û Judgmental: Views are views, and reality is reality. ISTJs are “truth seekers” and are constantly evaluating information for its credibility and validity. This trait can be viewed as negative because it forces the other party to use verifiable resources to justify a position. Average individuals are hard-wired to take the road of least resistance. Consequently, critiquing another’s position may be off-putting.
û Guilt: ISTJs take their dedication to work, family, and life very seriously. Also, they work hard to organize their thoughts in making smart decisions. And when things don’t go according to plan, they may blame and beat themselves up about it. ISTJs have a difficult and challenging time accepting that sometimes life is challenging and make go contrary to a well-though out plan. Although this could be a source of stress and anxiety for INTJs, they have an uncanny way of figuring things out as problem solvers. They may get down, but never out of the game of life.
Often, ISTJs wish to exert power over the outside world, as well as make it match their inner sanctum, personal constitution, or moral code. They are warriors and clearly delineate progressive versus regressive actions. If you have bad intentions, ISTJs are known to wreak havoc on dissenters.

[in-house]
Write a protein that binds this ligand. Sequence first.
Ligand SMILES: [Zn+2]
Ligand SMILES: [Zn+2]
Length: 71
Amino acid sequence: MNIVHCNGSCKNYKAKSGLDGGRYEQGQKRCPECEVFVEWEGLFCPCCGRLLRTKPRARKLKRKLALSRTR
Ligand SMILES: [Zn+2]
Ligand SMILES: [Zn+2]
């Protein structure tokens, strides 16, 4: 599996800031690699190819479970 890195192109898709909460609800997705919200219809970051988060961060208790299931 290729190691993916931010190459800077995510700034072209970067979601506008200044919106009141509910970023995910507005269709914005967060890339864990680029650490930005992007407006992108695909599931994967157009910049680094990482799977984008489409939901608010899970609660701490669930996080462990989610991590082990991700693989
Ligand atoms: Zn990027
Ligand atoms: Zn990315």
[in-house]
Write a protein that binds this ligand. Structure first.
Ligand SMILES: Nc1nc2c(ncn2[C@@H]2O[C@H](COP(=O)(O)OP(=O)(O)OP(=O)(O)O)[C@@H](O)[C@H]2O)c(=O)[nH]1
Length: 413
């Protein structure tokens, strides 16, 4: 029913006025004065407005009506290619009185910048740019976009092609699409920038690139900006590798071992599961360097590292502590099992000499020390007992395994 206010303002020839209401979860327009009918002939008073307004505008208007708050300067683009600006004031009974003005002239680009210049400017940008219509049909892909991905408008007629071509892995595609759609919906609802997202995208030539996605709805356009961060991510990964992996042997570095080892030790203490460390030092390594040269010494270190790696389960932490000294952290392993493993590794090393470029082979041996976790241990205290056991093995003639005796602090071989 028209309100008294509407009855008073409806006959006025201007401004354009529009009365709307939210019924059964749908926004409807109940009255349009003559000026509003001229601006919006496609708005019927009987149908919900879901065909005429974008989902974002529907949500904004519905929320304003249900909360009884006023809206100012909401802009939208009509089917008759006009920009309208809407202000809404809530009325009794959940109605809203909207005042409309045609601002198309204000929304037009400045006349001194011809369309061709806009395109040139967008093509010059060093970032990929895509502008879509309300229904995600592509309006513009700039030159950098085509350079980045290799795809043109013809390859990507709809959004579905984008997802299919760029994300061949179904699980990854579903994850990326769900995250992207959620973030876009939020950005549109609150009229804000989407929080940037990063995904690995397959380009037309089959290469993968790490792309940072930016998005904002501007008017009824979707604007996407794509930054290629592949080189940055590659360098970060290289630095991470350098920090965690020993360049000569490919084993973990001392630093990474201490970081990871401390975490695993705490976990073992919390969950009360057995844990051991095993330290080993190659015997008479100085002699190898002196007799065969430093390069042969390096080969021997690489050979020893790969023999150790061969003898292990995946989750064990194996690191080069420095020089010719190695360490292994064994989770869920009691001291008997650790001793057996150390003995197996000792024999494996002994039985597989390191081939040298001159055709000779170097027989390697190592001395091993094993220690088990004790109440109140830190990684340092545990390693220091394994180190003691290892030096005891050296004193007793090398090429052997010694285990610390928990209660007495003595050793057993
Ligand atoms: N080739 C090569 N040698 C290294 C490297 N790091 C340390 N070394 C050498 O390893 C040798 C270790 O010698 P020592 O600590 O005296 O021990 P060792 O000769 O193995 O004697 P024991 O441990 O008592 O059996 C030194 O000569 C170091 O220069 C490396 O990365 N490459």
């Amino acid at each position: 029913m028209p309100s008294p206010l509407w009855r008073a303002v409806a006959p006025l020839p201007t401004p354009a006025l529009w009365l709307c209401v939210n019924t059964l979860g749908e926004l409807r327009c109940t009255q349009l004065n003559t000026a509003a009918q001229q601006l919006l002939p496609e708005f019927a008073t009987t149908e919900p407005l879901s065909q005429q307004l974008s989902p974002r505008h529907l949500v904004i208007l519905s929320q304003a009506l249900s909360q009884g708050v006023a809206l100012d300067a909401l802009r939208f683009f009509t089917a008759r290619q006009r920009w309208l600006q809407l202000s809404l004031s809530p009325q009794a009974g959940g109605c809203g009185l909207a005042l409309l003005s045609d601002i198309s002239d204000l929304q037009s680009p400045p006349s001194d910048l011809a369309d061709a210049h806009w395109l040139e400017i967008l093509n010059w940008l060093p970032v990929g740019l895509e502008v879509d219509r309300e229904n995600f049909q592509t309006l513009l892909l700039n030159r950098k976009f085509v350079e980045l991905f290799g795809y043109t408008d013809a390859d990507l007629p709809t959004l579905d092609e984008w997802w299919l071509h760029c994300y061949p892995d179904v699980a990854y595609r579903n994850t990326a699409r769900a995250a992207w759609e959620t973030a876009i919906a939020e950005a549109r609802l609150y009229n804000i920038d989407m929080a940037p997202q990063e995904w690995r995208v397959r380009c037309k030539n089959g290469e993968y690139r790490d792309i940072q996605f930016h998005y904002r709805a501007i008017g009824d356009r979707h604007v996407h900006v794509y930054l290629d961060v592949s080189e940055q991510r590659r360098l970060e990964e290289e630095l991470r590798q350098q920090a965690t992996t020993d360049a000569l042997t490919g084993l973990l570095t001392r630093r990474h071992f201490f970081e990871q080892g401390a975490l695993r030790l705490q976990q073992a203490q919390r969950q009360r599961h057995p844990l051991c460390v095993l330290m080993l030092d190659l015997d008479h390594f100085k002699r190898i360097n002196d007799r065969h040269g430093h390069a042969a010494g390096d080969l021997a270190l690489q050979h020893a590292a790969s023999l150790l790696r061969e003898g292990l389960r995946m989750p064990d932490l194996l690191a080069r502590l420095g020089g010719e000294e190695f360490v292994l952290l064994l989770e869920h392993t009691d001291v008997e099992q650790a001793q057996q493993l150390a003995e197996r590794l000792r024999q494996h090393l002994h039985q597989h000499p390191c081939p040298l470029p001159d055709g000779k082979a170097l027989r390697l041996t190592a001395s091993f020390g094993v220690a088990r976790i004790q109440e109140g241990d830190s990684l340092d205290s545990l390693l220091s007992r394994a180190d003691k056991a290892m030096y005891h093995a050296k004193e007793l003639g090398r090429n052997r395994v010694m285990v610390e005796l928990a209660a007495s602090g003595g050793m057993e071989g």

ISTJs live in a “black and white” world. There is very little gray area in their reality. Gray areas are viewed as vistas where mediocrity and lethargy live. Also, gray areas are emotional lots where people justify unaccountability and irresponsibility, which are a bane to ISTJs’ sensibilities. The perceived negative aspects of ISTJ personality types might be more of a reflection of a substandard society rather than any wickedness on an ISTJ’s part.
To repeat, every personality type has an upside and downside to it. ISTJs are known for creating and supporting systems that help perpetuate organizational development. Because ISTJs are introverts, there may be a mistaken belief that they are pushovers.
However, the resolution of ISTJs to maintain processes and procedures may make them extreme forces to be reckoned with. Philosopher and political strategist, Niccolò Machiavelli suggested that individuals should make decisions that align with the requirements of the situation.
Such actions should be unemotional and amoral. In other words, feelings and partiality have no legitimate role in the decision-making process when it comes to effective problem solving.
The ISTJs mind implores a responsibility of the individual to behave right and just. Without an expectation and standard placed on individuals, only chaos can ensue.
ISTJs know this too well, and may be scorned and hated for it.
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Miller, K. (n.d.). 6 ISTJ strengths and weaknesses. Future of Working. Retrieved from: https://futureofworking.com/6-istj-strengths-and-weaknesses.
Storm, S. (2017, July 31). The evil versions of every Myers-Briggs personality type. Psychology Junkie. Retrieved from: https://www.psychologyjunkie.com/2017/07/31/evil-versions-every-myers-briggs-personality-type.